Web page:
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Is NQT needed if I have a few years international Teaching Experience?

Discussion in 'Teaching overseas' started by Gerry321, Mar 7, 2012.

  1. I am seriously contemplating teaching overseas, starting this August. I will be an NQT.

    I want to teach at international schools and am not worried about getting NQT as I don't see myself teaching in the UK.

    If I do a few years on the international circuit will good international schools want to know if I had done my NQT year? Or will it be a case of 'you have plenty of international experience...'

    Just want to know if not doing the NQT will come back and bite me in the ass in the future if I go abroad right away.

    Thanks.
     
  2. SMT dude

    SMT dude New commenter

    We wouldn't be bothered, if your interview and your references made it obvious that you'd done a few years' excellent work elsewhere.
    No risk to us, except that some weasel might creep in here or the ISR and squeak that we appoint unqualified staff. This we would of course disdainfully ignore.
    Your posteriors would remain unperforated unless you ever for any reason wanted to go back to the UK and work in a State School. Assuming the current regulations were still in force, you might be put to some inconvenience.
    And don't laugh off the idea - just this year, two colleagues are leaving us principally because of a syndrome younger people are vulnerable to, known as 'Lerv', which is notorious both in Life and in Literature for bouncing the best-planned careers off the track.
     
  3. e'xcept that some weasel might creep in here or the ISR and squeak that we appoint unqualified staff'

    Although I would be qualified of course as PGCE and QTS are what you need to teach in private schools. As far as I know most international schools are private. I would still be a qualified teacher, just not done NQT for working in the UK.

    To be honest I don't plan on working in the UK in the future. I came back to do the PGCE with the objective of starting a career in International schools. I taught abroad in S.Korea and Thailand and knew for me to become the best I can be, I would have to get trained in the latest educational methodologies.
     
  4. As you are considering, so I did. After finishing that blasted year of wasted time - I learned how to teach in other roles - I fled for the wide blue yonder before doing my apparently obligatory year in a London sh$thole - sorry, my NQT year. Many years and a fat wad of cash later, complete with moll in tow, i duly returned to Blighty, did supply and temporary and then went private. no-one gave a sh*t because I was so g&ddamned brilliant.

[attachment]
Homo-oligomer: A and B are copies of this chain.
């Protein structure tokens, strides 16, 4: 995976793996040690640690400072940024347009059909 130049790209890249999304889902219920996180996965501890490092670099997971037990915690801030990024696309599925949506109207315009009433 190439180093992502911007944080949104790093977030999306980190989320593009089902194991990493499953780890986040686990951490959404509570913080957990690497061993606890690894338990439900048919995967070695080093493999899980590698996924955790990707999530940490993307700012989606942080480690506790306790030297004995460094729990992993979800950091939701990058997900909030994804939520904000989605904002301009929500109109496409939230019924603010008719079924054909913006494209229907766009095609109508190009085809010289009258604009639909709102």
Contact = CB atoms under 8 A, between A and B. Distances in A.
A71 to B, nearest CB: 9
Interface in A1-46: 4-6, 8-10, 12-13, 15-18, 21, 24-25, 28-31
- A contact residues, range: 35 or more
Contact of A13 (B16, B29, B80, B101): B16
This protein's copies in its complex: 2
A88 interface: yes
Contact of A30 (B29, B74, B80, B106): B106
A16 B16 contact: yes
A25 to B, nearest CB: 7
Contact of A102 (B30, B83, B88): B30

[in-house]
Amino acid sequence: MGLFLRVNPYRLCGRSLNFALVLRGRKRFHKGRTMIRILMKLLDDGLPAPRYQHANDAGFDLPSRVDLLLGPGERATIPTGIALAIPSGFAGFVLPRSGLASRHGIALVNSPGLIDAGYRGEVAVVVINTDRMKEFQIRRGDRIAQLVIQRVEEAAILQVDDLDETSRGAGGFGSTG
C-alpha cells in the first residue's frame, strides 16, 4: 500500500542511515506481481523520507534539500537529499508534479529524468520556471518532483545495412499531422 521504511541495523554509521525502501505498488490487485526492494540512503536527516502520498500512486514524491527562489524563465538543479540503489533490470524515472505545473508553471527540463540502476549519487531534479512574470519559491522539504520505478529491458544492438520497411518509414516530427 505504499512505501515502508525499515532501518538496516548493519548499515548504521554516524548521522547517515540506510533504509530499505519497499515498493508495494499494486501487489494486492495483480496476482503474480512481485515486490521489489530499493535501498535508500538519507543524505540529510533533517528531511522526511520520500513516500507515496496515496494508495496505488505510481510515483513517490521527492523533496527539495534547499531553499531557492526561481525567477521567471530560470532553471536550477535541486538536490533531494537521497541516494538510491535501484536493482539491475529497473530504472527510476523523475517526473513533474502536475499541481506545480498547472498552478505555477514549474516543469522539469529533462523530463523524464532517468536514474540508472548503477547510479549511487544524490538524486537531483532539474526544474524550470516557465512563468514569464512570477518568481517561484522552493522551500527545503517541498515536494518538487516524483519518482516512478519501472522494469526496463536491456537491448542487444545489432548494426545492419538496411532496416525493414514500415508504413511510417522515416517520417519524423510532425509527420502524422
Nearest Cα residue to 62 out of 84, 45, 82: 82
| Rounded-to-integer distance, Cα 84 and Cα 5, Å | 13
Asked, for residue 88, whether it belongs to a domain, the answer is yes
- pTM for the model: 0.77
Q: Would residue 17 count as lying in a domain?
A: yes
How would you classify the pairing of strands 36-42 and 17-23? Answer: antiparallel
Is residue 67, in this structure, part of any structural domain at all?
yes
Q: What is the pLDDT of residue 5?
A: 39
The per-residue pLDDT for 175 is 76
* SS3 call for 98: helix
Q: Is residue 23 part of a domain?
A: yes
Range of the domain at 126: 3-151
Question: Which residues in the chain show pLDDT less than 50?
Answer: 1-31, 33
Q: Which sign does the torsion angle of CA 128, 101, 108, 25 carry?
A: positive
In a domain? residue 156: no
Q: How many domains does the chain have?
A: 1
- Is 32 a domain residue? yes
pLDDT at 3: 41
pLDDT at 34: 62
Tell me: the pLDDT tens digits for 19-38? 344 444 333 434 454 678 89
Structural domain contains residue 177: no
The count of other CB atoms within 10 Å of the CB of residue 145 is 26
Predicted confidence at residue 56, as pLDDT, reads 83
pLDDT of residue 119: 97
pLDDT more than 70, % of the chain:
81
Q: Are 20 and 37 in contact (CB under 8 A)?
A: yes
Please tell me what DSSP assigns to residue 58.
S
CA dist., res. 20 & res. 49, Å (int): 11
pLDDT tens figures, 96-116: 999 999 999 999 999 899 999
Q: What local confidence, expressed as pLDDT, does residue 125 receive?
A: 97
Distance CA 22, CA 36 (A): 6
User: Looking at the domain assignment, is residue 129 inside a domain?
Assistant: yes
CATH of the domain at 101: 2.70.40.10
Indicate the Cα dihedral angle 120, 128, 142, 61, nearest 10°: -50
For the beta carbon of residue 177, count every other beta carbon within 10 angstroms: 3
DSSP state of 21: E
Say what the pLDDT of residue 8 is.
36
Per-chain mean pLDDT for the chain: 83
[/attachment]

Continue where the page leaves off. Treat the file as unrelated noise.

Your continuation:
Or the regulations might have changed.
    Either way, don't wait on the educational establishment to make up its mind before you do. Remember NPQH? Hahahahahahahahahaha
     
  5. So, I take it you are saying that not doing the NQT is fine for getting into the international circuit abroad if one has international school experience?
     
  6. SMT dude

    SMT dude New commenter

    Yes both of us in our mad ways are saying just that.
     
  7. Er..yup. IMHO.
     
  8. Thank you for the good responses guys. Gives me an enormous sense of well-being this drizzly wet afternoon.
     
  9. I came here to Egypt as an NQT and am now in my sixth year. I will never return to the UK to work.
    I see little point in wasting time. If you really want to be an international teacher then jump into it with both feet as soon as you can because that is the type of person who thrives at this game.
    Enjoy [​IMG]
     
  10. Thanks RW. I will take your advice.
    Have you been at the same schools for thew 6 years or have you been able to move onto better schools after completing your contract?
     
  11. Two pretty decent schools.
     
  12. Sounds good.
     
  13. However it has become more difficult finding positions recently and I would, if I were you, apply for overseas positions but I wouldn't put all of my eggs in one basket.
    Consider UK positions as well - don't leave yourself jobless.
    Good luck.
     
  14. Yeah, I have applied for a few jobs in the UK. Though there are a lot of people applying for the same position. There were 14 other teachers being interviewed for a single year 4 position at a school I interviewed for 2 weeks ago. Those 14 were the only ones I knew of as I met them on the Monday beofre my own interview. The interviewing process went on all week. Go figure...
     

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